Every cruise has several moments you never forget. Departure is among those moments. Starting at about 5 p.m., the assembled cruise ships cast-off, and each begins a run down “Government Cut.” Government Cut is the channel leading to open water. Nearest to the Miami Heat's stadium, is the turning basin. Since there isn't enough room for ships to turn-around, they do so in the basin. Often, Royal Caribbean ships will turn around before docking the night before.
By long tradition, passengers gather and are encouraged to visit the upper decks. Although they no longer throw confetti as you might see on Love Boat reruns or in the movies, it is still a festive time. The cameras are always out in force, a ship's band rounds out the Caribbean themed music, drinks are being sold at every corner of the ship, and the excitement on board builds.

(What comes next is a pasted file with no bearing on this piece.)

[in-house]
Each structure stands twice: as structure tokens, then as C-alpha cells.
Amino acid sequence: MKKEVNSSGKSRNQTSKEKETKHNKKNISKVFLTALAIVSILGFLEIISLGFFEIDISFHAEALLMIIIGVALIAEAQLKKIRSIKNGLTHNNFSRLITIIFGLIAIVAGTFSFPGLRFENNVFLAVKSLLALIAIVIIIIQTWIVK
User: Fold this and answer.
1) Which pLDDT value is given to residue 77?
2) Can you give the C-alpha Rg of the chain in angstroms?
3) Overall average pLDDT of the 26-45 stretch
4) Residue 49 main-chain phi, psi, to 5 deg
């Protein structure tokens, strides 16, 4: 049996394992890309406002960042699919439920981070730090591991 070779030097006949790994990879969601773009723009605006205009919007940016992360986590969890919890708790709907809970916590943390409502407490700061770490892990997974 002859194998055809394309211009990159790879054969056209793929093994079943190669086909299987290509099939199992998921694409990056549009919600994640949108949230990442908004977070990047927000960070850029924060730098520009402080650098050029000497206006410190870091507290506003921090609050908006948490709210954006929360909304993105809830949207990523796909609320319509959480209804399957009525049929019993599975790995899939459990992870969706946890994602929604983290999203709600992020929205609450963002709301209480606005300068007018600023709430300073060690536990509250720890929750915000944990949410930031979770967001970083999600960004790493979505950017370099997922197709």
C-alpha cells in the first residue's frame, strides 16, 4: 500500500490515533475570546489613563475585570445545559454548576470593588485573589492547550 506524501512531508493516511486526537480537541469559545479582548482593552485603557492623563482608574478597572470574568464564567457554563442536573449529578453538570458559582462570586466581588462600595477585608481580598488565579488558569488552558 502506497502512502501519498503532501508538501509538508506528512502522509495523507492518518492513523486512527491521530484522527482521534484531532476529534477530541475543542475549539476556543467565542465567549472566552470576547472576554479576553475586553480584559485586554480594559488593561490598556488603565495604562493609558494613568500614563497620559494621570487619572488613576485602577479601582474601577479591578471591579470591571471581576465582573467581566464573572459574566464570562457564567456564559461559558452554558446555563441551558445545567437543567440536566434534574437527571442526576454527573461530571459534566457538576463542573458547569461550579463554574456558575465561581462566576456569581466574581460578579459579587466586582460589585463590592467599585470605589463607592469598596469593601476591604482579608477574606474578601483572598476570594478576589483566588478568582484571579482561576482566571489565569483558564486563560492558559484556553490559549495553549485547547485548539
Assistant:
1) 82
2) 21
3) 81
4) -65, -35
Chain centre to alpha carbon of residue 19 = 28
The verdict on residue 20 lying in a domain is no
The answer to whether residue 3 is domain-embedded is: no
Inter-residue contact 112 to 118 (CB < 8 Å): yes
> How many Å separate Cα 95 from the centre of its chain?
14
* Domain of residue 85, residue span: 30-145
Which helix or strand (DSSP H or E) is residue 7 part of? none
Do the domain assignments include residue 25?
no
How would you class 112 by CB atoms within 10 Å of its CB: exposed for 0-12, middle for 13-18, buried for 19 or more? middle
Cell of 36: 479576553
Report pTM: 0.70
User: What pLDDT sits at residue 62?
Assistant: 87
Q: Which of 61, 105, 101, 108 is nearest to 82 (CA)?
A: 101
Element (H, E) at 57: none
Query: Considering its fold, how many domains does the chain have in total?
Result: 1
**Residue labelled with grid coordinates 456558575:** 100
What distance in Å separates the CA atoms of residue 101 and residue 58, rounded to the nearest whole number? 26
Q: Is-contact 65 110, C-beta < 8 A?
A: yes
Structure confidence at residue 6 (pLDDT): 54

The ships make their way, under the control of a harbor pilot, towards open water. At the Port of Miami, you get to view some of the most expensive real estate in the country to the north, but you'll notice as ships leave port, there is a lot of fresh paint on the docks. The crews that paint the hull while vessels are in port tend to leave their calling-cards along the normally unseen space along the water.
Early dining often causes people to leave the deck party above. Some ships will wisely delay the first seating to allow people to fully enjoy departure. Were it not such a thing to not be missed, I personally would love to simply stay on deck sometime.
Some of the more interesting sights are noted in the illustration below.